Charles Patrick Davis, MD, PhD
Dr. Charles "Pat" Davis, MD, PhD, is a board certified Emergency Medicine doctor who currently practices as a consultant and staff member for hospitals. He has a PhD in Microbiology (UT at Austin), and the MD (Univ. Texas Medical Branch, Galveston). He is a Clinical Professor (retired) in the Division of Emergency Medicine, UT Health Science Center at San Antonio, and has been the Chief of Emergency Medicine at UT Medical Branch and at UTHSCSA with over 250 publications.
Mary D. Nettleman, MD, MS, MACP
Mary D. Nettleman, MD, MS, MACP is the Chair of the Department of Medicine at Michigan State University. She is a graduate of Vanderbilt Medical School, and completed her residency in Internal Medicine and a fellowship in Infectious Diseases at Indiana University.
Melissa Conrad Stöppler, MD
Melissa Conrad Stöppler, MD, is a U.S. board-certified Anatomic Pathologist with subspecialty training in the fields of Experimental and Molecular Pathology. Dr. Stöppler's educational background includes a BA with Highest Distinction from the University of Virginia and an MD from the University of North Carolina. She completed residency training in Anatomic Pathology at Georgetown University followed by subspecialty fellowship training in molecular diagnostics and experimental pathology.
In this Article
- Rabies facts
- What is rabies?
- What are rabies symptoms and signs in humans?
- What is the history of rabies, and what is the cause of rabies?
- How is rabies transmitted?
- How soon after an exposure should a person seek medical attention?
- How is a rabies infection diagnosed?
- What is the treatment for rabies in humans?
- Should people get a preexposure vaccination before traveling outside the U.S.?
- Can rabies be prevented?
- What is the prognosis for people with rabies?
How is rabies transmitted?
Almost every person who gets rabies has the virus transmitted to them by the bite of an infected animal. The transmission of rabies from human to human is rare; the highest number recorded happened when corneal transplants that were unknown before transplant to contain rabies virus caused rabies in eight patients. Aerosols of infected saliva or bat guano may also transmit rabies. In developing countries, the majority of people are infected by rabid dogs. Rabid dogs are often aggressive and sometimes are drooling, but in other cases, they act very withdrawn.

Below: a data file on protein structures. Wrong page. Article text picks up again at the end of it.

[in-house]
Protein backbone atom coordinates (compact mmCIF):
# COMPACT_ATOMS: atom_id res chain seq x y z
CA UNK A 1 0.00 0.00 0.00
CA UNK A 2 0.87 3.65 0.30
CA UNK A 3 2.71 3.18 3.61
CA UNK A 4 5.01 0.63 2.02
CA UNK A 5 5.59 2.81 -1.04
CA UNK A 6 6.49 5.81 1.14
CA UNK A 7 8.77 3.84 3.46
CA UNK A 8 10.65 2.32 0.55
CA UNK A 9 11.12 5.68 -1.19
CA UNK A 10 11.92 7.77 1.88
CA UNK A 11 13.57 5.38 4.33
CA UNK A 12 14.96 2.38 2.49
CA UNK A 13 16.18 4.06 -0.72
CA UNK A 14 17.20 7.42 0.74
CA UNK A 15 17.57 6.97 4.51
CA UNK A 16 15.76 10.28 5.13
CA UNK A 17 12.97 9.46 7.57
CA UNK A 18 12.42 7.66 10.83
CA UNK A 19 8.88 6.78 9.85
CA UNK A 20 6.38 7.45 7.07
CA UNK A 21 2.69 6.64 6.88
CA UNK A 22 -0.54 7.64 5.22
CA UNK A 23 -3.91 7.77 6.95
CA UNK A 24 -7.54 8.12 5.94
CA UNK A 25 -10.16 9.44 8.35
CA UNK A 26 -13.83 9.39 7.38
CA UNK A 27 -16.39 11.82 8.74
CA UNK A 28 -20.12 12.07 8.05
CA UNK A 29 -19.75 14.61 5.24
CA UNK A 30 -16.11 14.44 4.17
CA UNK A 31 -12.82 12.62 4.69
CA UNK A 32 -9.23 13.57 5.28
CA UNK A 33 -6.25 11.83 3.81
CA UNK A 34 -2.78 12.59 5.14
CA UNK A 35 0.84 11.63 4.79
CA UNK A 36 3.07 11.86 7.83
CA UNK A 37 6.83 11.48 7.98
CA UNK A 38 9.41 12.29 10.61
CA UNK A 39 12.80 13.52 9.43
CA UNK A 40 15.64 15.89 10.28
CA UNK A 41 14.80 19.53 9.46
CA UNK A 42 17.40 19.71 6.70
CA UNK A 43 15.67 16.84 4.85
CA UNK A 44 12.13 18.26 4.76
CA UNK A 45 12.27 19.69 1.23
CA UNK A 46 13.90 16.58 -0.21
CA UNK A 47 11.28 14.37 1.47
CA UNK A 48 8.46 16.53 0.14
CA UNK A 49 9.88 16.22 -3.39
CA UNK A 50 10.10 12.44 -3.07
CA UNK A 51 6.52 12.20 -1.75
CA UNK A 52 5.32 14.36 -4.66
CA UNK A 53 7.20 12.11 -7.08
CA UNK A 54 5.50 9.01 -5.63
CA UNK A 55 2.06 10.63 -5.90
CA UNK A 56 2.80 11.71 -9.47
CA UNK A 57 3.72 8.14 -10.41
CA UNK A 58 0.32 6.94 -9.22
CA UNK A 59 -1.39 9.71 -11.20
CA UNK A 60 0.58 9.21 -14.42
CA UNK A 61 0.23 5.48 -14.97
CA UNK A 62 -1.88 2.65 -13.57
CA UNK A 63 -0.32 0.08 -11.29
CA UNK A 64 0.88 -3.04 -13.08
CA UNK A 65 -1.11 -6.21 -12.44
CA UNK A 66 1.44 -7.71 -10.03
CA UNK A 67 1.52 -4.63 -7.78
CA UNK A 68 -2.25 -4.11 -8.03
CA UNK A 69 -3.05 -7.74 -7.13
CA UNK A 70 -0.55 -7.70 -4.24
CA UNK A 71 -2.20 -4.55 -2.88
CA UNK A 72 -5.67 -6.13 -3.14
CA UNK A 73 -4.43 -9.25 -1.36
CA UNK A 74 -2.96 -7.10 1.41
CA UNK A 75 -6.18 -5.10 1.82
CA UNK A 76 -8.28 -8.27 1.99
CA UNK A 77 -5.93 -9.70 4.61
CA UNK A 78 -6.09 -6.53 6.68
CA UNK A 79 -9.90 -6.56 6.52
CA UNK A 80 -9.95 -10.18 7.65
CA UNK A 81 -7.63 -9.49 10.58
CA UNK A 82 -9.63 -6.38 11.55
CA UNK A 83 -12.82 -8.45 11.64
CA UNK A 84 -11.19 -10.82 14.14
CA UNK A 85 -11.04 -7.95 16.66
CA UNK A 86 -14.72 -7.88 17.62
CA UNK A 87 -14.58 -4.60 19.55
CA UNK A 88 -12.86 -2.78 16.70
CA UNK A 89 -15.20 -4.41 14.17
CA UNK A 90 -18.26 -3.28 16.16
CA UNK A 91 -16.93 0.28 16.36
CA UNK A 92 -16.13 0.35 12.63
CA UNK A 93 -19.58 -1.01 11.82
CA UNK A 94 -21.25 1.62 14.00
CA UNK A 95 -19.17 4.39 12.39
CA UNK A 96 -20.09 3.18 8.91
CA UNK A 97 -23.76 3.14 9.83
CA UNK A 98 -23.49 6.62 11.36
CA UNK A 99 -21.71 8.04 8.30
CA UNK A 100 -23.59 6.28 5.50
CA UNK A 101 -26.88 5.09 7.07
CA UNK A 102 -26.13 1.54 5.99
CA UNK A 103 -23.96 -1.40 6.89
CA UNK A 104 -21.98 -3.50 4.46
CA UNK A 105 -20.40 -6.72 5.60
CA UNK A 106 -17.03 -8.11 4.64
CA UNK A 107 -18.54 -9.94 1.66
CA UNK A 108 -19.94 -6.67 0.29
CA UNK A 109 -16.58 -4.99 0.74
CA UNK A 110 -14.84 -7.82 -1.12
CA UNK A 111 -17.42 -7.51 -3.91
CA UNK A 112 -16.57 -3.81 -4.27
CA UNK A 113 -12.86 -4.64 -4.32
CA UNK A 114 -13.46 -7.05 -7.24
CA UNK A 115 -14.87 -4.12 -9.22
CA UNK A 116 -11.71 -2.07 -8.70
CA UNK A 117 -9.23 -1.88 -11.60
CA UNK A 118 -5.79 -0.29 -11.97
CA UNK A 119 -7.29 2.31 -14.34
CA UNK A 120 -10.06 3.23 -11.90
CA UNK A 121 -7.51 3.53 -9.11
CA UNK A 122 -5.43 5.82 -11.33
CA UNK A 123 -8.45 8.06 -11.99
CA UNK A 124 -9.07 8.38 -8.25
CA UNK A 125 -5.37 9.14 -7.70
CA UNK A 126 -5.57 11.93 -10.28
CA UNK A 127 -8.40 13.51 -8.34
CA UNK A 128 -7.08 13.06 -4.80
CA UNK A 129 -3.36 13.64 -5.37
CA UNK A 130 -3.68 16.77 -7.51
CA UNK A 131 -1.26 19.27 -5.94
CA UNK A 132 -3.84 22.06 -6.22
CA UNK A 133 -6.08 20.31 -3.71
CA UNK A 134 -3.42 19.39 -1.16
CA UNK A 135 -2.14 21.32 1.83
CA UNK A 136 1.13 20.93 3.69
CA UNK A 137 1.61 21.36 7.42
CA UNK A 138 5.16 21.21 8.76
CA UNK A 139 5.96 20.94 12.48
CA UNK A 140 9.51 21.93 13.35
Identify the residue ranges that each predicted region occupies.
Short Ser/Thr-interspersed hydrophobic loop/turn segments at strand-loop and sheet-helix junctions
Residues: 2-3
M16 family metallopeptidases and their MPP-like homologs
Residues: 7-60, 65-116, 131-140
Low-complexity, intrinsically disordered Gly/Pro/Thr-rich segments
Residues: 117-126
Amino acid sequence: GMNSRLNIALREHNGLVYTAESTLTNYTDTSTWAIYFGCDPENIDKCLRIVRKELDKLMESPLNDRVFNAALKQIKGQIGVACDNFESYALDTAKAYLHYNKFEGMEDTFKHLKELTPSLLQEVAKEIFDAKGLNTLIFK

In underdeveloped and developed countries, there are a number of animals that can transmit rabies to humans. Bats, foxes, coyotes, skunks, raccoons, cats, wolves, opossums, and other animals are some of the prevalent wild or feral animals that may become infected. In Mexico, cows have become infected from bat bites and can transmit the virus to humans via a bite or saliva if the human skin is abraded or cut. Currently, in the U.S., bats and raccoons cause the most bites that may lead to rabies. Readers should note that drooling saliva is not always present in wild or domestic animals with rabies. Any animal (domestic or wild) that acts strangely (for example, unusually aggressive or docile, unusual gait, has seizure-like activity) should be suspected of having rabies. Animals that are active at night (for example, raccoons, skunks and bats) may become active during the day; this daytime activity may be a sign of a rabies-infected animal.
High-risk animal contacts for transmission of rabies are bats, raccoons, fox, skunks, and feral cats. Lower-risk animals are dogs, cats, coyote, deer, bear, horses, cattle, pigs, and other non-rodent wild animal species. The disease is almost never contracted from squirrels, rats, mice, or rabbits.
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